Each value in **A2:A6** is converted into a TRUE or FALSE value. Values equal to “Mouse Pad” will return TRUE, and the rest will return a FALSE value. Excel treats these Boolean values as either a 1 or 0 when multiplying with another array. This gives us the range `{0;0;0;1;0}`

multiplied by the unit cost and quantity sold.

Since any value multiplied by 0 is 0, only the values in the same row as “Mouse Pad” will return a non-zero value. In the end, the formula will return just the Mouse Pad sales.

We can also use the `SUMPRODUCT`

to perform OR logic calculations. The example below adds another total called Keyboard and Mouse Sales. This value corresponds to the total number of keyboard and mouse sales.

To get this total, we can use the following formula:

=SUMPRODUCT((A2:A6="Mouse") + (A2:A6="Keyboard"),B2:B6,C2:C6)

The plus sign acts as the OR operator to return TRUE if any conditions apply. The resulting array should look like this: `{1;1;0;0;0}`

. Multiplying that with the other ranges should cancel out the orders that are not for a mouse or keyboard.

You can make your own copy of the spreadsheet above using the link attached below.

If you’re ready to try out the `SUMPRODUCT`

function in Excel, let’s begin writing it ourselves!

**How to Use SUMPRODUCT Function in Excel**

This section will guide you through each step needed to use the `SUMPRODUCT`

function in Excel. You’ll learn how we can use this `SUMPRODUCT`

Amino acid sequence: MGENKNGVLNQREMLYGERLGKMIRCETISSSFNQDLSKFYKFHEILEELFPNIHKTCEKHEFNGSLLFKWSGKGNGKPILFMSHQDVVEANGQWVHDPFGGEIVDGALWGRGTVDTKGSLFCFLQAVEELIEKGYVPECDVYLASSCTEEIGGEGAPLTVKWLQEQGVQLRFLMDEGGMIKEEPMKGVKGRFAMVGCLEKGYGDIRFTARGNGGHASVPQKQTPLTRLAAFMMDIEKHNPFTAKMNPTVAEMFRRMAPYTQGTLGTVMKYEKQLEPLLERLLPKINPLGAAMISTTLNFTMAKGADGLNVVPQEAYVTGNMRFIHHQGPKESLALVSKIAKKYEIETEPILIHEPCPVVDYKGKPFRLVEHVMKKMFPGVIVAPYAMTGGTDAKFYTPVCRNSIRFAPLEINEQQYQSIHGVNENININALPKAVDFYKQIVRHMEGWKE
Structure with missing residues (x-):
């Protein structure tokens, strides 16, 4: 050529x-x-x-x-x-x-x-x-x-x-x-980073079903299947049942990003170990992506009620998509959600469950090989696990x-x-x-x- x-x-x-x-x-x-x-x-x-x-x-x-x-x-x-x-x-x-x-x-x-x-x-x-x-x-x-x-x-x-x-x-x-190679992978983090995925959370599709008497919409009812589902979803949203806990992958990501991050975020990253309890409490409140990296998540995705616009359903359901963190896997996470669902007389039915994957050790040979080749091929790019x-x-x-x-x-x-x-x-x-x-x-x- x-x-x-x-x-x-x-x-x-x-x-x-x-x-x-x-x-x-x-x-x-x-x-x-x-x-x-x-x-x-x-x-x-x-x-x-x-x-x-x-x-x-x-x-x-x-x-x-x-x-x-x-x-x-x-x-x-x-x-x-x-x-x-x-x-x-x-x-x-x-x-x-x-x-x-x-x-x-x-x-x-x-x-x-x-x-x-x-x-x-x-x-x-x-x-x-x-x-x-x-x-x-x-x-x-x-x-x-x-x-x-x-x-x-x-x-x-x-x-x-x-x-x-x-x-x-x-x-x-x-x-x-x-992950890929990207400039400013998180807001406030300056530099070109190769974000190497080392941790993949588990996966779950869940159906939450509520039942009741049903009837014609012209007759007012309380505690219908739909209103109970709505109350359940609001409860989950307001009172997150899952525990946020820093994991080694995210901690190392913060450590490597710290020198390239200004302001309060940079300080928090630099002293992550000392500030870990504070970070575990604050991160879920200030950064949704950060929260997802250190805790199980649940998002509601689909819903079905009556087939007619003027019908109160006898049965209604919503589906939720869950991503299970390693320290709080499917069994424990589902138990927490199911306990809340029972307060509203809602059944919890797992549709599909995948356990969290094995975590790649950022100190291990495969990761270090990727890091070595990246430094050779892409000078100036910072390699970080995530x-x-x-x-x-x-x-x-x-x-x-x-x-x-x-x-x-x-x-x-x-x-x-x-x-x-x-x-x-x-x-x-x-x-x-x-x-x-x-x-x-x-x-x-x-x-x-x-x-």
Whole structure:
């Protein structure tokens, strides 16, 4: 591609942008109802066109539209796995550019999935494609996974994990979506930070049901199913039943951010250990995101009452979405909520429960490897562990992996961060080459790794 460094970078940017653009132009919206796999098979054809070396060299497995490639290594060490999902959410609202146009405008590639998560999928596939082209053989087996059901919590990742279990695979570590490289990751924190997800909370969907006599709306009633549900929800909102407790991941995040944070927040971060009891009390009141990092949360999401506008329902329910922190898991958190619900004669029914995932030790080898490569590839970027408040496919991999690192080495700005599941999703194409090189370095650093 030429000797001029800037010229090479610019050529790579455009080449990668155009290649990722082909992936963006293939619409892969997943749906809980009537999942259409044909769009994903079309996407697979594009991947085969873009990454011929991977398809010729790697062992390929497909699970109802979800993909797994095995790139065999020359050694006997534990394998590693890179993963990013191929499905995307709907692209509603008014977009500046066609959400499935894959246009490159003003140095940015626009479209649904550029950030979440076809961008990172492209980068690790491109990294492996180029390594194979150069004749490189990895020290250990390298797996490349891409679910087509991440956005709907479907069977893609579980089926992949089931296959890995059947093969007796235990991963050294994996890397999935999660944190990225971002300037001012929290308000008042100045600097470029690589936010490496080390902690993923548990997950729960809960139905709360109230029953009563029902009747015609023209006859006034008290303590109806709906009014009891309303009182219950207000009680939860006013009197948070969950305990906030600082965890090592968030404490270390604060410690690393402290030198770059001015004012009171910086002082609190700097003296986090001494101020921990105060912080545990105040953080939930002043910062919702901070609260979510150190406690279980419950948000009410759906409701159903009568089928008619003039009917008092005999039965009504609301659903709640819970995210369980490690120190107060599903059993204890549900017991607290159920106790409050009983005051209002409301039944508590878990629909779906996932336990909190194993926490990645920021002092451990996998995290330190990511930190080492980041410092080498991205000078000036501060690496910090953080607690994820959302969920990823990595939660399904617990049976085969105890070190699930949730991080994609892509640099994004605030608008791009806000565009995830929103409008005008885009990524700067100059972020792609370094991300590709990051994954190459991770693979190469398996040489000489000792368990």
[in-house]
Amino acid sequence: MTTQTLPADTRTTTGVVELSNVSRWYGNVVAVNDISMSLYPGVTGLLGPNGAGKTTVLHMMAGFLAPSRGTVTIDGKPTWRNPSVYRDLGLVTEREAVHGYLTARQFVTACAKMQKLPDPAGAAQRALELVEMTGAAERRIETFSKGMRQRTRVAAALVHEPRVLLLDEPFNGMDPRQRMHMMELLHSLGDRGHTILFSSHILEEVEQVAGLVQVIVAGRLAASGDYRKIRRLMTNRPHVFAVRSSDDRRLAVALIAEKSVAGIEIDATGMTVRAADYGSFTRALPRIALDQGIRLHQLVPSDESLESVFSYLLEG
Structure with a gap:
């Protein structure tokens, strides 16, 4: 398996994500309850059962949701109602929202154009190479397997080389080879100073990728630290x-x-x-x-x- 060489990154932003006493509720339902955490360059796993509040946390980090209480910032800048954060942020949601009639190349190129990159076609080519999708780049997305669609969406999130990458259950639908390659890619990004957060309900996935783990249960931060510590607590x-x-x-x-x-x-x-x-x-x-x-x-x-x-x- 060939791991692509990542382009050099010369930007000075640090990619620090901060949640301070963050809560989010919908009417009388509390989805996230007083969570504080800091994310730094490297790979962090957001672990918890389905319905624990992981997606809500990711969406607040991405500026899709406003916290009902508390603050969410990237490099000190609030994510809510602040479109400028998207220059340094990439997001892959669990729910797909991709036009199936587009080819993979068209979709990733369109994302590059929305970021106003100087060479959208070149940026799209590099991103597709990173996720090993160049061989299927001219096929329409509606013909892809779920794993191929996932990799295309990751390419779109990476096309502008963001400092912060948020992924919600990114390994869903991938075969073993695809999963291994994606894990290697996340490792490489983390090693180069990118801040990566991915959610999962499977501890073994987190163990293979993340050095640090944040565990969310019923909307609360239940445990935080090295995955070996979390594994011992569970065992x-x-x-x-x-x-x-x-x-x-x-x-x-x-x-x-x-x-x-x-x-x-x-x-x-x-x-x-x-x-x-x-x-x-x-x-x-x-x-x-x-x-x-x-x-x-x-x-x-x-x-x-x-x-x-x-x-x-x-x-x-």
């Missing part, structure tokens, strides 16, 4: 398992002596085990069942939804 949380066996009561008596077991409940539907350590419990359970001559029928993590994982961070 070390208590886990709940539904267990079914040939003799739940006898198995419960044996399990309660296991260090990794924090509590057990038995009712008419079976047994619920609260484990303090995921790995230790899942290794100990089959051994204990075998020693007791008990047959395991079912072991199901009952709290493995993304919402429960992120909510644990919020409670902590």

function to return the sum of products of one or more ranges.

Follow these steps to start using the `SUMPRODUCT`

function:

- First, we must select the cell where we will place our
`SUMPRODUCT`

function. In this example, we’ll use cell**B8**to hold our final result.

- Next, we just simply type the equal sign ‘
**=**‘ to begin the function, followed by ‘**SUMPRODUCT(**‘.

- Our first argument will be the first array in our calculation. We’ve selected the range
**B2:B6**, which is our cost per unit.

- Next, we’ll place our second argument for the
`SUMPRODUCT`

function. In this guide, we’ve selected the range**C2:C6,**which holds our values for quantity sold per item.

- Hit the
**Enter**key to return the final product. We now know that the total sales of the given table is $516.75.

We can also add criteria to the arguments of the `SUMPRODUCT`

function. For example, we can add a criteria that the item must be a “Mouse” or a “Keyboard”

Follow this guide to find out how to do this with the `SUMPRODUCT`

function:

- Instead of having only two arguments, we’ll need three. The new argument will be a Boolean statement: A2:A6=”Mouse Pad”.

- We can add the next two columns as separate arguments, or we can simply use the “*” symbol.

- Hit the Enter key on your keyboard to evaluate the formula. In this case, we find out that a total of $38 was made from Mouse Pad sales alone.

That’s all you need to remember to start using the `SUMPRODUCT`

function in Excel. This step-by-step guide shows how you can use the function to return the sum of products of one or more ranges in a spreadsheet.

The `SUMPRODUCT`

function is just one example of a mathematical function you can use in Excel. With so many other Excel functions out there, you can surely find one that suits your use case.